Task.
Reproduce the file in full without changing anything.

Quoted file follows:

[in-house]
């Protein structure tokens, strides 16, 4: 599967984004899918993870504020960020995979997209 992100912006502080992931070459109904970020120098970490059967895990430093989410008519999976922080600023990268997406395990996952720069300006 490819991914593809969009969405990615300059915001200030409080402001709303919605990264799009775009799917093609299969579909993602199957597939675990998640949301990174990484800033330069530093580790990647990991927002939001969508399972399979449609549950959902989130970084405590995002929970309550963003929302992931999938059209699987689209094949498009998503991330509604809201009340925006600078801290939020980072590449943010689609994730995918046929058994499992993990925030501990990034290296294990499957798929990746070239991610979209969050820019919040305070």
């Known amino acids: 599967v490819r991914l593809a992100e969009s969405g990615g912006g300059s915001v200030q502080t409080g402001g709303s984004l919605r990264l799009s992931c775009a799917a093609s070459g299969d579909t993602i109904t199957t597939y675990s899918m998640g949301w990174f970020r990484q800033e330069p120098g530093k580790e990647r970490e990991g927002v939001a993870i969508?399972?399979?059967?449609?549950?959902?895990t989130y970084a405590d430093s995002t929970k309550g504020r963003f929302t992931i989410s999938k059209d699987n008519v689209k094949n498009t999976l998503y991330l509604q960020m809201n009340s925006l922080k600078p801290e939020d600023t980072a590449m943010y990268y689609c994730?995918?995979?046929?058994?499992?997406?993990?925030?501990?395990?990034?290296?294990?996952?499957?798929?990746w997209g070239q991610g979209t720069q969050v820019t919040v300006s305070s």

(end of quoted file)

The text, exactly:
[in-house]
């Protein structure tokens, strides 16, 4: 599967984004899918993870504020960020995979997209 992100912006502080992931070459109904970020120098970490059967895990430093989410008519999976922080600023990268997406395990996952720069300006 490819991914593809969009969405990615300059915001200030409080402001709303919605990264799009775009799917093609299969579909993602199957597939675990998640949301990174990484800033330069530093580790990647990991927002939001969508399972399979449609549950959902989130970084405590995002929970309550963003929302992931999938059209699987689209094949498009998503991330509604809201009340925006600078801290939020980072590449943010689609994730995918046929058994499992993990925030501990990034290296294990499957798929990746070239991610979209969050820019919040305070």
């Known amino acids: 599967v490819r991914l593809a992100e969009s969405g990615g912006g300059s915001v200030q502080t409080g402001g709303s984004l919605r990264l799009s992931c775009a799917a093609s070459g299969d579909t993602i109904t199957t597939y675990s899918m998640g949301w990174f970020r990484q800033e330069p120098g530093k580790e990647r970490e990991g927002v939001a993870i969508?399972?399979?059967?449609?549950?959902?895990t989130y970084a405590d430093s995002t929970k309550g504020r963003f929302t992931i989410s999938k059209d699987n008519v689209k094949n498009t999976l998503y991330l509604q960020m809201n009340s925006l922080k600078p801290e939020d600023t980072a590449m943010y990268y689609c994730?995918?995979?046929?058994?499992?997406?993990?925030?501990?395990?990034?290296?294990?996952?499957?798929?990746w997209g070239q991610g979209t720069q969050v820019t919040v300006s305070s």